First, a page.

The situation with coal supplies during this forthcoming winter is a cause for serious concern – both nationally and locally. Through special measures taken in the UK, the supply and sale of coal there is being tightly regulated. Jersey announced plans for a similar approach this week.
Britain appointed a ‘Coal Controller’ early in 1917. With coal so vital to the nation’s war effort, the controller ensures Britain had enough for its needs available at an affordable price.
Jersey now has its own Coal Controller, Deputy Francis John Bois, a man already with considerable experience of assuring the island’s wartime supplies.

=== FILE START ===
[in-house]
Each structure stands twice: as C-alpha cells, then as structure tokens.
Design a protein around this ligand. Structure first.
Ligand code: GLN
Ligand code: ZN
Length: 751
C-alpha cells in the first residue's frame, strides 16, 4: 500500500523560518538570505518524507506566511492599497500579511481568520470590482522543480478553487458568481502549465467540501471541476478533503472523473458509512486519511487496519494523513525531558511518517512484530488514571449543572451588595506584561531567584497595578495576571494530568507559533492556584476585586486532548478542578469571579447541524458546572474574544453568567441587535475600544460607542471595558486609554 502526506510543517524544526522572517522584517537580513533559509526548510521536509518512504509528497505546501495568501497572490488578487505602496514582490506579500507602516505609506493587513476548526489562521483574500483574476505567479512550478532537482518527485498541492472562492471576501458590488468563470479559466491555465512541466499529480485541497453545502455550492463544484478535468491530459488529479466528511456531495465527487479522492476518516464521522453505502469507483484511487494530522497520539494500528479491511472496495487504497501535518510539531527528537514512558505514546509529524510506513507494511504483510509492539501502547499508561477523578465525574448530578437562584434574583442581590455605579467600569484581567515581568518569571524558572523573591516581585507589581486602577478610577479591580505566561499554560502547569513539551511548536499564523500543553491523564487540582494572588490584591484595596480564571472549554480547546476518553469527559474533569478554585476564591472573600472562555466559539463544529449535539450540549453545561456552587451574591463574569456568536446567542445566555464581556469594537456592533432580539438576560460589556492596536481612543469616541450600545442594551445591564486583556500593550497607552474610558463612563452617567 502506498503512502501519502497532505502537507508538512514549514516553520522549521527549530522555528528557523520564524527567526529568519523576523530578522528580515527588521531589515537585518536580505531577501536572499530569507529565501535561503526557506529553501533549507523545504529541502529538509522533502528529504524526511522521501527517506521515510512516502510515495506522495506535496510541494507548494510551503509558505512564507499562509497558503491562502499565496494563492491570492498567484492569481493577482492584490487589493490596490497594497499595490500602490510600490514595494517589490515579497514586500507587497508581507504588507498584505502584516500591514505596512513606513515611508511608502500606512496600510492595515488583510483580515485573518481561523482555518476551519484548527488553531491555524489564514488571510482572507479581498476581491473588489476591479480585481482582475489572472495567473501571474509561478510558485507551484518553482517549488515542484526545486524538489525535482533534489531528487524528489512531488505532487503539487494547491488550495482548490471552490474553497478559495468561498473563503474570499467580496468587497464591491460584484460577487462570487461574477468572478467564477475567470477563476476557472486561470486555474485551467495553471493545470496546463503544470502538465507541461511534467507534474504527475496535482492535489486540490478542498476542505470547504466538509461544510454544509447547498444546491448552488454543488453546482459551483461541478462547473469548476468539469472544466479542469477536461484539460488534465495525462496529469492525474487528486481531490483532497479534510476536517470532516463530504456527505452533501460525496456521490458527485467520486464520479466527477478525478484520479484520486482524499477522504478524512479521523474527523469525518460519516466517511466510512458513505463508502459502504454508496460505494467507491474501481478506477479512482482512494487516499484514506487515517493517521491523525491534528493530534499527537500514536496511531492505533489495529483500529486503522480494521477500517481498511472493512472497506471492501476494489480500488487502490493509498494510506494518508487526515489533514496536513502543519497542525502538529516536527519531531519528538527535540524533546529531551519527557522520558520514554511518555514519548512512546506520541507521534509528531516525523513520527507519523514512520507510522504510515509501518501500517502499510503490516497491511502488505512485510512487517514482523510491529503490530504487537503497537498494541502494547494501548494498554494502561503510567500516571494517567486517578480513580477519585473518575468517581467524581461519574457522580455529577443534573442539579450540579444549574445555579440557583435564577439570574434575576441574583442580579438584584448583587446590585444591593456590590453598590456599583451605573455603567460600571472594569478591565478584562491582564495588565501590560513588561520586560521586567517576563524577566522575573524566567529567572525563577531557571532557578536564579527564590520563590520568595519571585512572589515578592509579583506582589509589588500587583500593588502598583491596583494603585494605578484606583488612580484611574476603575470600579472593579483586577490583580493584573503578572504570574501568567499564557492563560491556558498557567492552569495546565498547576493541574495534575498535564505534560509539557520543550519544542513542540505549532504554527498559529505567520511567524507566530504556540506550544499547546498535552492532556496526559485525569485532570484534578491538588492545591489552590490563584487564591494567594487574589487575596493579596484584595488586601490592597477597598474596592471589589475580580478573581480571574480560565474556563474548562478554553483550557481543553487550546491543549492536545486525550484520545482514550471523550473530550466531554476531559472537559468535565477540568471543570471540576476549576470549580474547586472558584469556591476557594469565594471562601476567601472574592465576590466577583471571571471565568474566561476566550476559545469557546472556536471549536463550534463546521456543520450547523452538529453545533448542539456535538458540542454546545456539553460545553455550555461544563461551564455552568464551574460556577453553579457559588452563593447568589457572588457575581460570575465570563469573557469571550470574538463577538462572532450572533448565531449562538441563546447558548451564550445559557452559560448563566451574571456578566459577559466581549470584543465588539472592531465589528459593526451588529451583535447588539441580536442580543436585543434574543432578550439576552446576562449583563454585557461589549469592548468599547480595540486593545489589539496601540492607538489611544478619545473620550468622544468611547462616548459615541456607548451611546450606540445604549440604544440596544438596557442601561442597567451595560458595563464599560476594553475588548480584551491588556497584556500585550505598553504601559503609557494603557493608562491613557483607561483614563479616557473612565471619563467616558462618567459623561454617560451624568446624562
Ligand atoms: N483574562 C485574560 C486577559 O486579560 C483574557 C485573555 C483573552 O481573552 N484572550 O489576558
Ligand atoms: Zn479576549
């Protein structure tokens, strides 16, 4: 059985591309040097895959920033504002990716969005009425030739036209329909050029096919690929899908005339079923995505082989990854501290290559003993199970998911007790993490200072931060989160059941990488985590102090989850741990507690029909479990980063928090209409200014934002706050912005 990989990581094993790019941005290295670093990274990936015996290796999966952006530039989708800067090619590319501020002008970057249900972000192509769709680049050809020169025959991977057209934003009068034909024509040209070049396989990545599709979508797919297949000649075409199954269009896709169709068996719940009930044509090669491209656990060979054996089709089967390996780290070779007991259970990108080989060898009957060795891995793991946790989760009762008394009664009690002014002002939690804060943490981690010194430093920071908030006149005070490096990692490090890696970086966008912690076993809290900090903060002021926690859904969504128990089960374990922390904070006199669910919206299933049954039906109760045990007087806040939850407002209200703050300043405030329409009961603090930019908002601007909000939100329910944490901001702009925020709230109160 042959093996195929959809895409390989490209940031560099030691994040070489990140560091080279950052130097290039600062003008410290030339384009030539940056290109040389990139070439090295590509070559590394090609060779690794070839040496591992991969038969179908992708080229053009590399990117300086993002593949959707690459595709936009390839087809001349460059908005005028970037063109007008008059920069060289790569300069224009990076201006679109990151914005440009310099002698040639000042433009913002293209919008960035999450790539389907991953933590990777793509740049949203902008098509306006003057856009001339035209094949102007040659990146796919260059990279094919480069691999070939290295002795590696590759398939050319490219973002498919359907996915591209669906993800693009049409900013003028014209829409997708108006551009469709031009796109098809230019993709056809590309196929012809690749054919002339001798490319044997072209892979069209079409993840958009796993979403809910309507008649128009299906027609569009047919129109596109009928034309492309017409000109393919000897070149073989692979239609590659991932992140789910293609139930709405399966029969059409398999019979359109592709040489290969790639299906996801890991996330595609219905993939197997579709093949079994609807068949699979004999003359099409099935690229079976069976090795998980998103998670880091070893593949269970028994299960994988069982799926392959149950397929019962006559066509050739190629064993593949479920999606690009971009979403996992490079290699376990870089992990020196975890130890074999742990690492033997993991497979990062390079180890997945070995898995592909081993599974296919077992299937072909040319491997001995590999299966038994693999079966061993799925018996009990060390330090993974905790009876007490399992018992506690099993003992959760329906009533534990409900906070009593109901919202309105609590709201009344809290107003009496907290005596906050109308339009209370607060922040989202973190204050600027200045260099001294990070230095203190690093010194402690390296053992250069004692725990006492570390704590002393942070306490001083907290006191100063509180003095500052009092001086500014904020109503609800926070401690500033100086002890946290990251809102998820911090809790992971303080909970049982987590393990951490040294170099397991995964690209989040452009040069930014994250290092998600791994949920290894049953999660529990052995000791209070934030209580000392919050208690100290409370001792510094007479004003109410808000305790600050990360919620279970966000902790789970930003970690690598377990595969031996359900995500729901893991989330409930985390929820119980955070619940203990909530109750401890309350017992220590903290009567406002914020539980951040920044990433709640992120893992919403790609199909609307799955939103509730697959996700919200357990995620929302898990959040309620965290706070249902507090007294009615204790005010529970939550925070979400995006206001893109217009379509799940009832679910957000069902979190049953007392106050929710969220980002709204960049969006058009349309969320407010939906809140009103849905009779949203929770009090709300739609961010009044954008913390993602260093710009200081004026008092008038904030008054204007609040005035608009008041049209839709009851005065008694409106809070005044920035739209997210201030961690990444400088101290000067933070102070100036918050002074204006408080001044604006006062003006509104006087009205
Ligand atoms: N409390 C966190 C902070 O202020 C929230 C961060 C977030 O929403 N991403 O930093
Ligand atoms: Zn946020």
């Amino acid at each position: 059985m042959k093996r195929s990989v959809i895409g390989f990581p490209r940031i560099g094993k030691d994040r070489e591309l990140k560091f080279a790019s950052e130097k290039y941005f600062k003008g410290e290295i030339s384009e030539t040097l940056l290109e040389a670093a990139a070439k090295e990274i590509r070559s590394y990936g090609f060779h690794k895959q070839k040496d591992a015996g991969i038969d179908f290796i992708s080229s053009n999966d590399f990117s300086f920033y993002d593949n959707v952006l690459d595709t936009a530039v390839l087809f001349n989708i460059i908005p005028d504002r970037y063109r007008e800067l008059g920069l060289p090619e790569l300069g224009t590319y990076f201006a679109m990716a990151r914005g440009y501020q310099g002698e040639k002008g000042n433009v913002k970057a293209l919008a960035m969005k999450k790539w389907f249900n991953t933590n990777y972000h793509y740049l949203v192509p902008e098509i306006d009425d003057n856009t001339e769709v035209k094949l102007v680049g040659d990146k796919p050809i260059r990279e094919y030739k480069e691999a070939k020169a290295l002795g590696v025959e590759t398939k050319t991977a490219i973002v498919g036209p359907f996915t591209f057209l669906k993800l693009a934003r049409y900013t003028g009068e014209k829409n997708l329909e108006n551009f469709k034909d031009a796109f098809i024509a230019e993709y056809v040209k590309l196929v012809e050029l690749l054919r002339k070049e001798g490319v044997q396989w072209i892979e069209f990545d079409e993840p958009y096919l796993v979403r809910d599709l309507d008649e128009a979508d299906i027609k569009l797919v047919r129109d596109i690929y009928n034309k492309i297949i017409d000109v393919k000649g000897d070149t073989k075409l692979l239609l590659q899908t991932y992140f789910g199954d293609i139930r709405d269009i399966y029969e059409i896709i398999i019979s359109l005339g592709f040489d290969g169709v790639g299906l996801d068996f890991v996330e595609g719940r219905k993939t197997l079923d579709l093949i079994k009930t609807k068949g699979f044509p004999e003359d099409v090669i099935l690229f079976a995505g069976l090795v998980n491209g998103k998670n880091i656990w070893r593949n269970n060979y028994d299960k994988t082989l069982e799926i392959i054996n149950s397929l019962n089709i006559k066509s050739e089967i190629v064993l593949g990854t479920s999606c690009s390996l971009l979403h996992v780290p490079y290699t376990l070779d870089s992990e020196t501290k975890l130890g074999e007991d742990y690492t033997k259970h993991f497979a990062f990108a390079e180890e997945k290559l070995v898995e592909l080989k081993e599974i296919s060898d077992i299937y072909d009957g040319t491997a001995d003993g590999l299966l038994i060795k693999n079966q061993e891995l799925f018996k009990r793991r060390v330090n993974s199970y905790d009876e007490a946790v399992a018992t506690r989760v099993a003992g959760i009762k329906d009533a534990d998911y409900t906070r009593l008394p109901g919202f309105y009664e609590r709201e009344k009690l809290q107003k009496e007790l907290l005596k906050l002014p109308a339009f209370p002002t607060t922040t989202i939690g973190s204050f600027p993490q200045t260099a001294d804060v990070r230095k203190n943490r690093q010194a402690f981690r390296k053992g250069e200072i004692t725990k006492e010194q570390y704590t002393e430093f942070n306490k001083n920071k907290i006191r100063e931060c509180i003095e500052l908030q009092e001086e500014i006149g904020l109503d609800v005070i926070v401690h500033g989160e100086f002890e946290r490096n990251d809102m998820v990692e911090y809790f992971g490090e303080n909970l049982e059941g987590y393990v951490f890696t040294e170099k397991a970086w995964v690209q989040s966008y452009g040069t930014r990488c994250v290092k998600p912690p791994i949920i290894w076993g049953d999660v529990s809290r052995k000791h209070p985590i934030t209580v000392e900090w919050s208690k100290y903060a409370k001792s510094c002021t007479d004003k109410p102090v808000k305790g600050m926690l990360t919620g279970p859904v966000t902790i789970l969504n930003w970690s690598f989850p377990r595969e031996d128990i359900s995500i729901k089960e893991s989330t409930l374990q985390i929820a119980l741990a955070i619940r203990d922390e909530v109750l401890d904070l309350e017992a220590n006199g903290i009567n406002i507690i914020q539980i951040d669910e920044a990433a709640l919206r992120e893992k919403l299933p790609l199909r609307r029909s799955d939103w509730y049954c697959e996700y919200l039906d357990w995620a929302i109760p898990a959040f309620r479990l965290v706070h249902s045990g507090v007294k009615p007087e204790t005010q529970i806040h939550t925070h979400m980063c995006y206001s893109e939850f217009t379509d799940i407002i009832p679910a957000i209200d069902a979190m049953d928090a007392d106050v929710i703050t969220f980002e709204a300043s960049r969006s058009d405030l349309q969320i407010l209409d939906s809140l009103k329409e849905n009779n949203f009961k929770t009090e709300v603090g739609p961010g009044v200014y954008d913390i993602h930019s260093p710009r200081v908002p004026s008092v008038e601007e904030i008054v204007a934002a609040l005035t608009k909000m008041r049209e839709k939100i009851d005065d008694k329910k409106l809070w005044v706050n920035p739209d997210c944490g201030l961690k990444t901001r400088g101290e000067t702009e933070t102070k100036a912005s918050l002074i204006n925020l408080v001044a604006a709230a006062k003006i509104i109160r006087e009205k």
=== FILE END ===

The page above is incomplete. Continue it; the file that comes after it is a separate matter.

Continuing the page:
Appointed by the Defence Committee, Deputy Bois’ powers are extensive when it comes to the supply and pricing of coal. The new controller has automatically taken possession of all stocks in the island, including those in the hands of coal merchants. This means that every merchant has to supply detailed information on their present stocks to Deputy Bois, with the deadline for doing so set as Saturday 16 December 1917.
In the meantime, Deputy Bois has assured islanders that merchants can continue selling coal for local needs. They must keep records on all stocks sold however.
A/E/10/4 contains considerable correspondence and records on the matter of coal supplies for Jersey during the war.